Finally, I want people to know that my primary motivation to write is the hope that someone like my younger self will find my writing and connect with it, and maybe feel less alone because of it, or feel like their existence is okay. I write for the wild, troublemaking, witchy queer punk grrrls. That’s not to say that you have to identify as a witch or a punk to get something out of my writing; and I definitely have fans of all genders, sexual orientations, and ages. But my target audience is grrrls like me. I try to write the kind of stuff that, had I stumbled upon it in my teens or early twenties, would have made me say: “Fuck yes, this is everything.”
What question do you wish I asked you?
I wish you’d asked me what I think about the uses of pop culture in literature. By “pop culture” I mean stuff that’s outside the academy and outside the world of “high art,” stuff that might even be kind of ephemeral in terms of how long it’s around/people are into it. I mean music, film, television, fashion, comics, books that aren’t considered “literature,” zines, everything. (I include punk or any other subcultural stuff in the category of “pop culture.”) I’m bringing this up because I reference pop culture and/or use it to inspire my writing quite often, and I had a writing professor who criticized me for it. She said that it made my stories too specific to a time and place, and therefore they wouldn’t stand the test of time. I disagree. I think that as long as something is described well enough in context, it doesn’t matter if you “get” the reference, doesn’t matter if you’ve ever heard of the specific actor or band or whatever prior to reading about it. Not to mention, it can be fun to read about someone/thing you know nothing about and then go and research it. Can you imagine if someone had told Jack Kerouac not to mention so much jazz, or any specific musicians, in his novels? If they’d said to him: “Fifty years from now, no one’s gonna know who that cat is, so you better leave that part out?” That would have taken away so much of the specificity that roots his work in the ‘40s and ‘50s, which is part of what is great about reading his stuff. When I first read On The Road, I had no idea who Slim Gaillard was, but then I looked for stuff by Slim Gaillard and became a fan, you know?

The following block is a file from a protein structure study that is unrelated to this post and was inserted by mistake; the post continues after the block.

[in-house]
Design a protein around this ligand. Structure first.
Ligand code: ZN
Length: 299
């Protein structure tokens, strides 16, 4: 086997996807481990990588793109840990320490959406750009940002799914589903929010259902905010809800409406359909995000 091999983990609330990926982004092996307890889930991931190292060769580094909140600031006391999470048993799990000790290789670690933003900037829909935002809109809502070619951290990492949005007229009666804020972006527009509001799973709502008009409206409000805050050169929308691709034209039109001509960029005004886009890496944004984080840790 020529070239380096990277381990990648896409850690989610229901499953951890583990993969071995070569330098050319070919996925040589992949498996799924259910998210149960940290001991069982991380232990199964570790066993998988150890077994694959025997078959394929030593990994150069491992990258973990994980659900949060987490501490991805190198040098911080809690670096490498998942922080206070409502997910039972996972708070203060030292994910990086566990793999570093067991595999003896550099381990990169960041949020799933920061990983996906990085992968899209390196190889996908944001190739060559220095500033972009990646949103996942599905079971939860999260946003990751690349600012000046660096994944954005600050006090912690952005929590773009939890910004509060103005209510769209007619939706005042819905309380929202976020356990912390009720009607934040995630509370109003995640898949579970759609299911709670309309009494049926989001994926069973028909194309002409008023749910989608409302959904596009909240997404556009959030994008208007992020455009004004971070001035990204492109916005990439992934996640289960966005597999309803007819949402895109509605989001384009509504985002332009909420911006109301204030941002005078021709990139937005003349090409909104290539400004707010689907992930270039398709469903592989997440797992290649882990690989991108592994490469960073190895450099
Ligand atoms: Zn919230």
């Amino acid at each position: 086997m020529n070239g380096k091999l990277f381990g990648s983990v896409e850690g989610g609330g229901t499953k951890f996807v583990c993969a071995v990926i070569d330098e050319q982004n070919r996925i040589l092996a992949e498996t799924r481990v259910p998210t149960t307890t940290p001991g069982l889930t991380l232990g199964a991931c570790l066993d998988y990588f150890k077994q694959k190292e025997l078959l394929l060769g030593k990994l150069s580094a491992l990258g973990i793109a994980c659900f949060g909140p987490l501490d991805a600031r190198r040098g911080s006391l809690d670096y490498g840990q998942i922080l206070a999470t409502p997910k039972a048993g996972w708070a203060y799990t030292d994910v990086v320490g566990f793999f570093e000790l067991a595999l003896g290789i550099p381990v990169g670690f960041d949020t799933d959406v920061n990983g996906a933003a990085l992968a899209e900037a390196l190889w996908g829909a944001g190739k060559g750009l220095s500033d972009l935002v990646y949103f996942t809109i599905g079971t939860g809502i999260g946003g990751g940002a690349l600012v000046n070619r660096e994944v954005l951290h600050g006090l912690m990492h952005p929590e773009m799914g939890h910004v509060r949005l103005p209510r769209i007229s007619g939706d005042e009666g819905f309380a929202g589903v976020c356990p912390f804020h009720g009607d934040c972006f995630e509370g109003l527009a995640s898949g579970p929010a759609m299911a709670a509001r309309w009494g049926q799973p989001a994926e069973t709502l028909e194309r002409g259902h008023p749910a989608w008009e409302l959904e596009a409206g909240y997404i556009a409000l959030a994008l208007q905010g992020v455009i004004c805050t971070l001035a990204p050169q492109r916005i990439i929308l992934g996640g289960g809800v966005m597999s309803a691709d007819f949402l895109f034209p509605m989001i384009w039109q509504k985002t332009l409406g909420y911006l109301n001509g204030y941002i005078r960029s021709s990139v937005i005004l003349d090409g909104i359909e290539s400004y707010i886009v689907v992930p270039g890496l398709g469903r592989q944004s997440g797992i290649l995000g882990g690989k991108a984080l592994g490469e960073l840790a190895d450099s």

The other criticism I’ve seen of using pop culture in literature comes from some of the old guard who still make distinctions between “high” and “low” culture, who think that bringing pop culture into your writing/art sullies it somehow. But that’s changing. There are a lot of us these days who are blurring the lines between the two, who reference pop culture in our work, and who are very open about our pop cultural muses. I think that’s important, because it’s a false dichotomy, and if something speaks to you it shouldn’t matter whether it’s a song by a boy band, a song by a punk band, or a symphony.